Danger In The Skies
Is the Federal Aviation Administration involved in a coverup of a widespread bogus-parts problem in the airline industry? A three-month investigation by BUSINESS WEEK of the aircraft-parts trade demonstrates that fakes, used parts sold as new, and new parts sold for unapproved purposes are seeping into the inventories of all the major airlines in the country. The FAA, with its dual mission of promoting the business of aviation while ensuring safety, denies there even is a significant counterfeit-parts problem. Despite information from its own flight-safety inspectors and airline employees, the FAA is protecting the industry it regulates.
Bogus parts are not causing a rash of planes to fall from the sky--yet. But some accidents have been linked to defective parts. A ValuJet Airlines DC-9 caught fire last June. The cause was an engine that had been overhauled in a repair station in Turkey that lacked FAA approval. It contained a cracked and corroded compressor disk. A Cessna 175 crashed on an Oklahoma City runway in 1994 and National Transportation Safety Board inspectors found bogus engine bearings. A Convair 580 belonging to Norway's Partnair disintegrated at 22,000 feet over the North Sea because of counterfeit bolts in the plane's tail. The tail fell off in midair, and all 55 people aboard died. Even so, the FAA has allegedly threatened to fire or demote staffers who publicly acknowledge that counterfeit parts are a safety problem. It even edited its computer database to show far fewer accidents attributed to bogus parts.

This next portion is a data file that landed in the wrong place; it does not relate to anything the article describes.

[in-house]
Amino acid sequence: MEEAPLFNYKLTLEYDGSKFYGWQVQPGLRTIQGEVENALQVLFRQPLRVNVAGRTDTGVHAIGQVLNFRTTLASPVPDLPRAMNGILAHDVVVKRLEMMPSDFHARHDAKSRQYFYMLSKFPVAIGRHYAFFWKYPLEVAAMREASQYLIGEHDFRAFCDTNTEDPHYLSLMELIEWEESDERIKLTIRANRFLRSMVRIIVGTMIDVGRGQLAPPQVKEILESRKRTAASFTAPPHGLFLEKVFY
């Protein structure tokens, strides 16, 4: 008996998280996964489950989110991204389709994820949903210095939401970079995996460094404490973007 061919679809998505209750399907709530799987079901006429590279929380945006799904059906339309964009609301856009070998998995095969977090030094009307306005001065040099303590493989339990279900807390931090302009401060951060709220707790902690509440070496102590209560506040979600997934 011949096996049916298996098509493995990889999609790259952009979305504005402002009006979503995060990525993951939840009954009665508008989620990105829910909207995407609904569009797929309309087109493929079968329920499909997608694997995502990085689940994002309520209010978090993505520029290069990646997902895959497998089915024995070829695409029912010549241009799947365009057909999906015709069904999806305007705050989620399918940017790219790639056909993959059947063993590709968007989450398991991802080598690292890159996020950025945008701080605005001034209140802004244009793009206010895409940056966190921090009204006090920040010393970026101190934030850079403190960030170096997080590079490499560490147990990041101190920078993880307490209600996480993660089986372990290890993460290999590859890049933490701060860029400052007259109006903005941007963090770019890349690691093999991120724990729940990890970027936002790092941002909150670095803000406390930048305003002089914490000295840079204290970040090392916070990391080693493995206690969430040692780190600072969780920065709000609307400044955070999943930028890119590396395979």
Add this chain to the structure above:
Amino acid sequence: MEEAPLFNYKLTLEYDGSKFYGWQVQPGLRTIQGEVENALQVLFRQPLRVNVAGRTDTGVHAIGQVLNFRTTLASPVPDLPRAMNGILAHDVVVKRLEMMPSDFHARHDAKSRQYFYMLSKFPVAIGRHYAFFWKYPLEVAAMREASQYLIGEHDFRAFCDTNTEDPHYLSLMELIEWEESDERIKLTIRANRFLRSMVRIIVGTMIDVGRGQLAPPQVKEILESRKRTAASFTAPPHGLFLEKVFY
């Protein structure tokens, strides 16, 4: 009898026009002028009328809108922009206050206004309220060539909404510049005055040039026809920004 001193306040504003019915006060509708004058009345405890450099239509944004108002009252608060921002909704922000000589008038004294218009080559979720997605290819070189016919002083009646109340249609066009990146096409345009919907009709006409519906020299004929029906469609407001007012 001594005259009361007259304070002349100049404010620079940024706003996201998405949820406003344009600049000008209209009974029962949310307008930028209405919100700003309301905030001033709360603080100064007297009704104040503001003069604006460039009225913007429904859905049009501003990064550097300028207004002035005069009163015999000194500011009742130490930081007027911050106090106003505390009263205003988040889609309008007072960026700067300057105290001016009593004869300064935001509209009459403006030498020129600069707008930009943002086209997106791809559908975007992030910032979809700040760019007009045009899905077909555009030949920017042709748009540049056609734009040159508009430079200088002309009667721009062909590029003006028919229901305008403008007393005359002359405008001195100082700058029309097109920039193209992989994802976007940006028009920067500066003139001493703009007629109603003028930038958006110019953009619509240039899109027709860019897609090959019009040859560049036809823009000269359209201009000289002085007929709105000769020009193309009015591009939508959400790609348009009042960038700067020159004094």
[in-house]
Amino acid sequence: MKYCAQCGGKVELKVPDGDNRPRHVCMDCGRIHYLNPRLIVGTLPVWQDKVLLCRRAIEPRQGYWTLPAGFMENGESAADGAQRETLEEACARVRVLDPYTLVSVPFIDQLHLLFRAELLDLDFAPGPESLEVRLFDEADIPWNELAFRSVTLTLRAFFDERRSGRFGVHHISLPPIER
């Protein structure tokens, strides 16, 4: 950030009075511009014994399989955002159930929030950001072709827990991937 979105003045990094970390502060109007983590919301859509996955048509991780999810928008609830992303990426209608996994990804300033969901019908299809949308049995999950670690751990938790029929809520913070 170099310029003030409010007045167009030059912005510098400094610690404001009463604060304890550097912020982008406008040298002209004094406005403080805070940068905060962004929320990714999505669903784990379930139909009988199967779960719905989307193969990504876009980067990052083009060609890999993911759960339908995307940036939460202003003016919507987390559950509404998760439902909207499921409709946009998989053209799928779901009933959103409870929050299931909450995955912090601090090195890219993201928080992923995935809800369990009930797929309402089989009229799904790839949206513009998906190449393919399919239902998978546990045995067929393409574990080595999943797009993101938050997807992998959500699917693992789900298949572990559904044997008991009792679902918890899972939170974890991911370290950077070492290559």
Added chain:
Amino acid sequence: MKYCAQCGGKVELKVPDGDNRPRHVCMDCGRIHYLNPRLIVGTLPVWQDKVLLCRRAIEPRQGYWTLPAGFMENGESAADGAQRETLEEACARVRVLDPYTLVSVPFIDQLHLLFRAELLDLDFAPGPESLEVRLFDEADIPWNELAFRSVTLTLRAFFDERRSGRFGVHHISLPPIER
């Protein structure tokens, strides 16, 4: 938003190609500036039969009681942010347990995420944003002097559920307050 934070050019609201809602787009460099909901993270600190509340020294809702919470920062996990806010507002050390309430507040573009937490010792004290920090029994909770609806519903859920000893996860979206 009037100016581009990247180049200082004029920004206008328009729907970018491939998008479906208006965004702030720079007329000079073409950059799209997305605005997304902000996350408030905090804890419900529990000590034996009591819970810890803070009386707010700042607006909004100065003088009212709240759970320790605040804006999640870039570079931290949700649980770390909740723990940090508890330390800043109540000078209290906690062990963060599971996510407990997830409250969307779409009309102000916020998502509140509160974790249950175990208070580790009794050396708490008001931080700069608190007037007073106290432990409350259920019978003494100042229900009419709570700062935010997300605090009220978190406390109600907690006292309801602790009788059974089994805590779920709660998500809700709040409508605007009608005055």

There is great pressure to cut costs in the deregulated U.S. airline industry. Many carriers are outsourcing maintenance overseas, others are using older planes, and still others are searching the world for the lowest bidding suppliers. So far, the airlines and the FAA have provided the public with the safest, most inexpensive transportation of any nation. That record is threatened by increased use of counterfeit parts. The FAA should acknowledge the problem and seek the additional resources it needs from Congress.
Government vigilance against behavior that threatens public safety is an absolute requirement of a free market. The FAA must be a watchdog, not simply a promoter. If it can't, then the functions must be split between two agencies.